5 “Mini-Resolutions” You Can Make This Year To Help Improve Your Jiu-Jitsu

Photo Source: Kitt Canaria for Jiu-Jitsu Times

Resolutions are often large goals made under the hopeful thought that a new year brings new possibilities and the potential for a “new you.” But let’s be real here: after about the second week of January, the motivation that made us declare to our Facebook followers that we’d lose all that weight or win every major competition in the world usually dies down. There are absolutely people who make their bigger resolutions work, but not all of us have the time or resources or mentality that’s necessary to make them a reality.

If you still want something to work towards so you can improve your jiu-jitsu in 2018, but aren’t looking to completely change your life around to make it happen, consider these options:

  1. Drink more water. I used to be one of those people who didn’t drink plain water unless I was actually dying of thirst, but I’ve since learned the error of my ways, and now I’m never going back to that bright yellow pee life. A lot of people — especially people who are physically active — don’t drink enough water, and changing that will directly affect your jiu-jitsu performance. Personally, when I started drinking more water, I had more energy and stamina, and my overall rolling got better because my body and brain could focus on the task at hand rather than figuring out how to sustain this level of activity while dehydrated. Seriously, it helps, and it’s worth investing $20 into a reusable bottle so you can carry it around and sip throughout the day.

  2. Train outside of your comfort zone. Okay, yes, this is vague, but tailor it to your own personal training style. If you’re a chronic guard-puller, make a conscious effort to not pull guard even once during live rolling. If your leg lock game doesn’t get edgier than Achilles locks, have someone teach you the ways of kneebars and heel hooks.It’s easy to get into a rut, especially as you get really good at a few particular techniques and develop your own style. Pushing yourself to venture out of your personal idea of “normal” will not only help you become a more well-rounded grappler, but also give you a new challenge if you’re feeling like you’re stuck in a jiu-jitsu routine.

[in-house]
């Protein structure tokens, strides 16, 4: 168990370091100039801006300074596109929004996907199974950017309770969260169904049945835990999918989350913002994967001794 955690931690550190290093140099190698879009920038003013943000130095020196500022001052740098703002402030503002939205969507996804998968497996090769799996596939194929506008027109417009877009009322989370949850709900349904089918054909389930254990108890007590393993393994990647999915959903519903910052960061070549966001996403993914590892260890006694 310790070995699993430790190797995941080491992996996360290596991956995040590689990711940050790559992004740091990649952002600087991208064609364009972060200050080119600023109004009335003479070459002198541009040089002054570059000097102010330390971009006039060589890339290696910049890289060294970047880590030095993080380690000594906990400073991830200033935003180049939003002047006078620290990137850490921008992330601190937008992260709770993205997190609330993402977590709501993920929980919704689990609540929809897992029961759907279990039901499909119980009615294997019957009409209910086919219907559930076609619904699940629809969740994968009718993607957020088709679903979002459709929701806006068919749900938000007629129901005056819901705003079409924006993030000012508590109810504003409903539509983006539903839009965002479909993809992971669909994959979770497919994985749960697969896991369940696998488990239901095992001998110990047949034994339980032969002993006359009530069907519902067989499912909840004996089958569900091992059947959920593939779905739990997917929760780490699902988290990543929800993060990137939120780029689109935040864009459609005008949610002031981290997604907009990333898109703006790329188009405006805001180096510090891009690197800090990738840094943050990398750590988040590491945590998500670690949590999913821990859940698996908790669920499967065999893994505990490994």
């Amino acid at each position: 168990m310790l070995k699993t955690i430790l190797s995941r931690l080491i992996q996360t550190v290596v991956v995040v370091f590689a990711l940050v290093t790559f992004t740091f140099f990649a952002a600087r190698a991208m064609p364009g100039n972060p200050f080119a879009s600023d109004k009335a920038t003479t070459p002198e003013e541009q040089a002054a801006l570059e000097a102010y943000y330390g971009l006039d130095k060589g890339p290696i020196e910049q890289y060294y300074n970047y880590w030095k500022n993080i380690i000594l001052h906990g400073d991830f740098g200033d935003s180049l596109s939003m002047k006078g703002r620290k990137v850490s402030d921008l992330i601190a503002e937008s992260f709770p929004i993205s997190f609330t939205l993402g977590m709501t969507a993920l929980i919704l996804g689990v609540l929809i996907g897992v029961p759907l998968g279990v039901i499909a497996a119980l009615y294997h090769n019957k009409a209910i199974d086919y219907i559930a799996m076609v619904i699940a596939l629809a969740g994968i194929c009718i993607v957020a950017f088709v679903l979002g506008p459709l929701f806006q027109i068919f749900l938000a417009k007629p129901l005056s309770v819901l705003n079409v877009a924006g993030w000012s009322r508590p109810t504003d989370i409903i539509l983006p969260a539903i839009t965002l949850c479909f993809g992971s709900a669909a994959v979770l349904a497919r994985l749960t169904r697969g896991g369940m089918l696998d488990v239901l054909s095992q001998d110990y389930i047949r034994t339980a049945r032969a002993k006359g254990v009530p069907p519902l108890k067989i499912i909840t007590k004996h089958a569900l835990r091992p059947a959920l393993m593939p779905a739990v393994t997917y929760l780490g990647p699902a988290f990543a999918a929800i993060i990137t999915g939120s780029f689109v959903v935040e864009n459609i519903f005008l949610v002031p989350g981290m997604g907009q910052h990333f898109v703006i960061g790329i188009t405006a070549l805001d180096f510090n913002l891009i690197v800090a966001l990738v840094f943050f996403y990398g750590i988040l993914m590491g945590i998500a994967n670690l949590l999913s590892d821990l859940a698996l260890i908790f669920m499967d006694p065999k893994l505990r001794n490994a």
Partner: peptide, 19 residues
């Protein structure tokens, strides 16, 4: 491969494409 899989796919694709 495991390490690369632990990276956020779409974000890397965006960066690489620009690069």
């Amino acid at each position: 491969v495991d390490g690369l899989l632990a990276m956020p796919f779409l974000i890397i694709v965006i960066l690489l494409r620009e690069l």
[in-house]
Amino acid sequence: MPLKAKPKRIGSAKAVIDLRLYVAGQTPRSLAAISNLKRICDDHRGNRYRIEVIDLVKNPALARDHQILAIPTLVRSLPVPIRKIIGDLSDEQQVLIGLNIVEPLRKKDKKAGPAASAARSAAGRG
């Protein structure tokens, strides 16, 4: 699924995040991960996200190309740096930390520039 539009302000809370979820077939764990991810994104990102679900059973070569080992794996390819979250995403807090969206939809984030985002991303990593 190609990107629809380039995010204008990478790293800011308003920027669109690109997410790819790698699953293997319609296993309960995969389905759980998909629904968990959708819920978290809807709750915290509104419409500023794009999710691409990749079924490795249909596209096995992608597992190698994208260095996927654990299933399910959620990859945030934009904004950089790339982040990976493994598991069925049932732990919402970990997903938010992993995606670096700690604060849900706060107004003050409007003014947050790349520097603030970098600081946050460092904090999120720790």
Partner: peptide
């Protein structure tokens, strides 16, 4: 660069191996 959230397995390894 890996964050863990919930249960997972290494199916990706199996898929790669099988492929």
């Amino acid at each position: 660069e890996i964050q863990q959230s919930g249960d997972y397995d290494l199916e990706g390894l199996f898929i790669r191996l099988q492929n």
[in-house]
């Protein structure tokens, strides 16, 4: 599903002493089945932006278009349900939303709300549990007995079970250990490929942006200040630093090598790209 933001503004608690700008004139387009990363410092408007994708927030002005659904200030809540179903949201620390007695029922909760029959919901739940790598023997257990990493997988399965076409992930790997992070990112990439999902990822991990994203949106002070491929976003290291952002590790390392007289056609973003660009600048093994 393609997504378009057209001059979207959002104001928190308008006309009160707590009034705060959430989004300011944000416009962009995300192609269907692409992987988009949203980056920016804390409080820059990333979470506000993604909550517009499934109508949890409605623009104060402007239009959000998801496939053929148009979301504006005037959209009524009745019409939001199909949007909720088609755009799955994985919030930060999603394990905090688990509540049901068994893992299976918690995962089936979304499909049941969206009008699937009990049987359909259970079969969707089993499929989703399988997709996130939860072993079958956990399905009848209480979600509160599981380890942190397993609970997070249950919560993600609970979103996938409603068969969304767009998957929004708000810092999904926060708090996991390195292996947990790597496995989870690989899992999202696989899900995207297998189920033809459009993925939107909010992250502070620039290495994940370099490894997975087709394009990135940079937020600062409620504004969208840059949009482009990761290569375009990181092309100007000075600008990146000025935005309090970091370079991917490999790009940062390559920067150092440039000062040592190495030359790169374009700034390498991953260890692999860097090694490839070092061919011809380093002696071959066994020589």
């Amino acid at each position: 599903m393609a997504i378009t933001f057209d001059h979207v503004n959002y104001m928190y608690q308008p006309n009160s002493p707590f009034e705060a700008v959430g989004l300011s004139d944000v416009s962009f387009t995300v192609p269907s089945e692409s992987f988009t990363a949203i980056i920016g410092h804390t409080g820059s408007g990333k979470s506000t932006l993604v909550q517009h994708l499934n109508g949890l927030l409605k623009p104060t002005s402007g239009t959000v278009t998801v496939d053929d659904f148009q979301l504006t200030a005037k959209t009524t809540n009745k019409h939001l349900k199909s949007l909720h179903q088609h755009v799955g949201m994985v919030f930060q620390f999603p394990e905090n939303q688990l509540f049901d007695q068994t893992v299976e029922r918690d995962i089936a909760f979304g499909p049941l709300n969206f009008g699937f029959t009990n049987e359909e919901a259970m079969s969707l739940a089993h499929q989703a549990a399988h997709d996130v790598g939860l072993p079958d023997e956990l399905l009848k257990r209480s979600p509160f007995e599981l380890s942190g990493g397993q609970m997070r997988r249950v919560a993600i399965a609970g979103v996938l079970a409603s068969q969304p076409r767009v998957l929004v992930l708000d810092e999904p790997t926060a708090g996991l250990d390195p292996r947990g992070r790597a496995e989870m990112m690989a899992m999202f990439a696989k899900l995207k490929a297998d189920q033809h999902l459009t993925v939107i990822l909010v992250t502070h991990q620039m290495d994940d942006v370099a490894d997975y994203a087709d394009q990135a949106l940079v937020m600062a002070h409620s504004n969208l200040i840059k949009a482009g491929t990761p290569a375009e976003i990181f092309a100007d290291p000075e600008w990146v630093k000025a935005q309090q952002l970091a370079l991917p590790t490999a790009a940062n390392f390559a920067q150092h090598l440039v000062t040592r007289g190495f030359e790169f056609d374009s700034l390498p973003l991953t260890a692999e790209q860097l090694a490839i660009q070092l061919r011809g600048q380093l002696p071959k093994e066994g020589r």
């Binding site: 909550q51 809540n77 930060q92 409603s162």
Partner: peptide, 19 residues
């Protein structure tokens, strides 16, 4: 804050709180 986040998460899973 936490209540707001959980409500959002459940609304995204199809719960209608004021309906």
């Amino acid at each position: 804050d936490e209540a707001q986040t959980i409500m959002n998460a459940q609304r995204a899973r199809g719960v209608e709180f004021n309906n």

3. Train at more gyms. Whether that means finding time to train while traveling to other countries for work, or simply taking a day trip to the next town over for open mat, meeting and rolling with new people is one of the coolest aspects of our sport. It’s easy to get stuck in the routine of work-train-sleep (plus all the other commitments that everyday life demands), and being able to train with people other than your teammates at a place other than your home gym can be a welcome break from the norm. Set a goal to visit a designated number of new academies — whether that’s three, five, or twenty — and work to meet it by the end of the year.

  4. Keep a jiu-jitsu journal. How many times have you seen a technique in class, drilled it over and over again, then completely forgotten it within the month? There’s a reason so many people write down grocery lists and appointment reminders: it helps you remember things. Keeping a BJJ journal can not only help you to mentally imprint all the techniques you learn over the year, but it’s also a fun reminder of just how much you learn over time. After class, take two minutes to write down the date, technique you learned and the steps to performing it, and any other relevant things you learned that day. You may be surprised at how much it helps your game.
  5. Find a way to give back. For much of our early jiu-jitsu careers, we mostly fumble around and hope that our teammates are kind enough to help us out when we’re really struggling. This year, if you’re able, try to find a way to pay it forward. Ask your coach if you can help out during the kids’ class, stay after class more often to mop the mats, or just focus on being a mentor to one of the new white belts. Giving back to the sport doesn’t have to mean making a big commitment; just find a way to make your corner of the jiu-jitsu world a little brighter.


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